Mr. Kipling’s brilliant reconstruction of the genesis of the ‘Tempest’ may remind us how often that play has excited the creative fancy of its readers. It has given rise to many imitations, adaptations, and sequels. Fletcher copied its storm, its desert island, and its woman who had never seen a man. Suckling borrowed its spirits. Davenant and Dryden added a man who had never seen a woman, a husband for Sycorax, and a sister for Caliban. Mr. Percy Mackaye has used its scene, mythology, and persons for his tercentenary Shaksperian Masque. Its suggestiveness has extended beyond the drama, and aroused moral allegories and disquisitions. Caliban has been elaborated as the Missing Link, and in the philosophical drama of Renan as the spirit of Democracy, and in Browning’s poem as a satire on the anthropomorphic conception of Deity.
But apart from such commentaries by poets and philosophers, the poem has lived these many generations in the imaginations of thousands. There, the enchanted island has multiplied and continued its existence. Shelley sang,
Of a land far from oursWhere music and moonlight and feeling are one.
Shakspere created that land as the possession of each of us. Not far removed, but close to the great continent of our daily routine and drudgery, lies this enchanted island where we may find music and moonlight and feeling, and also fun and mischief and wisdom. There, in tune with the melody and transfigured as by the charm of moonlight, we may encounter the nonsense of drunken clowns, the mingled greed and romance of primitive man, the elfishness of a child, the beauty of girlhood, and the benign philosophy of old age. We may leave the city at the close of business, and, if we avoid the snares of Caliban and Trinculo, we may sup with Prospero, Ariel, and Miranda.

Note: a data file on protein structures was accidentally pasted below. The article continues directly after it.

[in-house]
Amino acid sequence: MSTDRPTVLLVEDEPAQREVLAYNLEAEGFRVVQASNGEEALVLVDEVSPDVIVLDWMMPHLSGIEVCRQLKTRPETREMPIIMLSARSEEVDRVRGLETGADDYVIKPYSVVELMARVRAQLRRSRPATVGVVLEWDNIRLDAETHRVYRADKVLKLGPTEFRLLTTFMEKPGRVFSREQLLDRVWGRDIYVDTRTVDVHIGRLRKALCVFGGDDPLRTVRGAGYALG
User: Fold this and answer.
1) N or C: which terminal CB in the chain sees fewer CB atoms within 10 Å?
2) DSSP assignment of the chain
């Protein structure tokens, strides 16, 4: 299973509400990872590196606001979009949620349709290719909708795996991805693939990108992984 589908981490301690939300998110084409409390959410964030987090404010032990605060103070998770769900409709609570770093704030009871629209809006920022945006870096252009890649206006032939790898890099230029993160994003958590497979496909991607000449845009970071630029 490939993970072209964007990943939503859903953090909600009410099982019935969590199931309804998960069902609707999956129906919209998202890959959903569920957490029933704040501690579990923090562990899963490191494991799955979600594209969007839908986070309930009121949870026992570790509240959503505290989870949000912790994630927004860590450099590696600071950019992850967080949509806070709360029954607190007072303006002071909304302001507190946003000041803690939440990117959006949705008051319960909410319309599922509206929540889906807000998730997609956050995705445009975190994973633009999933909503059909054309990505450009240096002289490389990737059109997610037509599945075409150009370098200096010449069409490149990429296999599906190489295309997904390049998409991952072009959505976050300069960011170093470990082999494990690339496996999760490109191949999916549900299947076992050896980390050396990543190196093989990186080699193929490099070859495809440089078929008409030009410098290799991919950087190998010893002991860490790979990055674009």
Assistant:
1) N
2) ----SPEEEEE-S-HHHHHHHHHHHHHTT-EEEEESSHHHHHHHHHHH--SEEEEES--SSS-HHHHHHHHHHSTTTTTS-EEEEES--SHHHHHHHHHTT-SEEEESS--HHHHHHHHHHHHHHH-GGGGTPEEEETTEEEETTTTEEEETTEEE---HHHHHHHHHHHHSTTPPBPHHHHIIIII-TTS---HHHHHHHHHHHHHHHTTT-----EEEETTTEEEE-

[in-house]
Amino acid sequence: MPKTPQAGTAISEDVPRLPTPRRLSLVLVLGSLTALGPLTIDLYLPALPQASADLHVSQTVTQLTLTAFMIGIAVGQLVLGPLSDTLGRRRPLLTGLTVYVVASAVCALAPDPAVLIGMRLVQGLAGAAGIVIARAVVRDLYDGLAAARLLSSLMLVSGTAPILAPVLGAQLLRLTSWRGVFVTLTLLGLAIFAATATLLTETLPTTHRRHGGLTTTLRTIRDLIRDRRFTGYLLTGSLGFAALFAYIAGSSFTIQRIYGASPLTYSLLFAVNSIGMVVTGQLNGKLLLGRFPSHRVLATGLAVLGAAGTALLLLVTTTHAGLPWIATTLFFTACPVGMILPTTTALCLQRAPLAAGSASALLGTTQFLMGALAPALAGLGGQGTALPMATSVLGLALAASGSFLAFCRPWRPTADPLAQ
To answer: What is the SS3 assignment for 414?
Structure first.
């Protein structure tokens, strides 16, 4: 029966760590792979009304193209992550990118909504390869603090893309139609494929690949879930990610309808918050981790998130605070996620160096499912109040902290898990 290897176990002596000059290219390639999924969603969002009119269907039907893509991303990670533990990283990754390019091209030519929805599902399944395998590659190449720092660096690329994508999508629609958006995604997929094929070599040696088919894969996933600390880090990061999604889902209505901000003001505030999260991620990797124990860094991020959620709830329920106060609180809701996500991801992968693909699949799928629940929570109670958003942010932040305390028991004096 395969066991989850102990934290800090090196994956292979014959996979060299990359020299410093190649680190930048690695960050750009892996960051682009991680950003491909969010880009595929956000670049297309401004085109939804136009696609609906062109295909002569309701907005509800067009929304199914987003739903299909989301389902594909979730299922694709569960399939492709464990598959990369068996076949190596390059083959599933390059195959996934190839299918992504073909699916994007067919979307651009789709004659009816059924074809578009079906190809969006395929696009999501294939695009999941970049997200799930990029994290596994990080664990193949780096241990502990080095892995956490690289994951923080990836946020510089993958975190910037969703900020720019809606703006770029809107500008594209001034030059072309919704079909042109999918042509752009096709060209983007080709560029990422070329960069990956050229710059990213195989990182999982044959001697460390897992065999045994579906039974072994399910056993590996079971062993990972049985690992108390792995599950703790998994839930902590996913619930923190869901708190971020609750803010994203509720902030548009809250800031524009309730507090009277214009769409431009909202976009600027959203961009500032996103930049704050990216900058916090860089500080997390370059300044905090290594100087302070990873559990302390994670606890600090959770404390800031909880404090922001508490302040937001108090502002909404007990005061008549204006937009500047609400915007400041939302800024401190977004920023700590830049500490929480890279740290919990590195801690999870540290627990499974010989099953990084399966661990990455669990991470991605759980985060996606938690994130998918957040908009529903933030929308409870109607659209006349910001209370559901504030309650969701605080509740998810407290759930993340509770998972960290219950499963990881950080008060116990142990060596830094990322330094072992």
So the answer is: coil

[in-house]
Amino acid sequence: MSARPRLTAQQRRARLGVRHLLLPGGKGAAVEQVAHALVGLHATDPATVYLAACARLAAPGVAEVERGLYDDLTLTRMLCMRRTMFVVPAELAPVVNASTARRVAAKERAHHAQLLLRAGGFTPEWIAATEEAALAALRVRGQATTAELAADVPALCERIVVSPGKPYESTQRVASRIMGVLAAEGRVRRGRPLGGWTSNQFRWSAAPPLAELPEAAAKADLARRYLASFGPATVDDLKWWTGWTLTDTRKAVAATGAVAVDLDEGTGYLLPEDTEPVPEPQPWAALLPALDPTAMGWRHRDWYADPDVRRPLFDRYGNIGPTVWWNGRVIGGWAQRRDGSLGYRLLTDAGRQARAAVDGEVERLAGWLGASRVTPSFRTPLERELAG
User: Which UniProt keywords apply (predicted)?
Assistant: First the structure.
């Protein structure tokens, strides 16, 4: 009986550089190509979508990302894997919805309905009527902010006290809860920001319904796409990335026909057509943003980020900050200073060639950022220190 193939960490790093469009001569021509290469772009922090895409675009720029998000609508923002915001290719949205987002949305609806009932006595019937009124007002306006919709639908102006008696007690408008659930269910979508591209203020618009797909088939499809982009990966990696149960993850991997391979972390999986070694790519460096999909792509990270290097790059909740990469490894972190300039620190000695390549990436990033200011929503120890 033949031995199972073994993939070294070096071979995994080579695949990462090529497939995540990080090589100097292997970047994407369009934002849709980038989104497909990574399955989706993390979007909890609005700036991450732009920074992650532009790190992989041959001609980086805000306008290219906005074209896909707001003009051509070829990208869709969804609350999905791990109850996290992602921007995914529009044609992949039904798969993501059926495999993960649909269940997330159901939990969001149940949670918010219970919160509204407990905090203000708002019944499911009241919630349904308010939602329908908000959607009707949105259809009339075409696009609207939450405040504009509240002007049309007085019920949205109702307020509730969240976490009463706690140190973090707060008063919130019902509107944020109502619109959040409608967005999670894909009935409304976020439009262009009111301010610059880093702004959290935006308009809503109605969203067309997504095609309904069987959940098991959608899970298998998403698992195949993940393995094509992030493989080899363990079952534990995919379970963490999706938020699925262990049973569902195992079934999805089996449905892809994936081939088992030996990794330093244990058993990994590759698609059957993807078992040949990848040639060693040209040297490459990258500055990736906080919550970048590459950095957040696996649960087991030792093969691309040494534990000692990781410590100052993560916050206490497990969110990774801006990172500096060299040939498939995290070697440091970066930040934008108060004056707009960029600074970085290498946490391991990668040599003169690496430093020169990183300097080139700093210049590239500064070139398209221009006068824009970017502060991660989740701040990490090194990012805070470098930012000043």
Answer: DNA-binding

How did Shakspere discover this enchanted island? From what materials did he create the “baseless fabric of this vision”? What had London playhouses to do with these spirits of thin air? On what books or plays were these dreams made? Out of the issues of rivalry and profit which beset the King’s company of players at the Globe and the Blackfriars, how came this “insubstantial pageant”? We have been told that the Sonnets are the key with which to unlock Shakspere’s heart; and perhaps if we could answer all these questions we might have the key to his imagination. I do not believe, however, that his imagination was lockt up. Rather it was open wide to many impulses, hospitable to countless influences. This apparently is the opinion of Mr. Kipling, who suggests that Shakspere’s “vision was woven from the most prosaic material, from nothing more promising, in fact, than the chatter of a half-tipsy sailor at the theater.”
Mr. Kipling writes as one inventor of tales about another. Certainly no one is better qualified to trace out the processes of the creative imagination and to discover the very fabrics of its visions. In those marvelous stories of his, who has not recognized a Shaksperian catholicity in the quest of fact and a Shaksperian alchemy in its transformation?...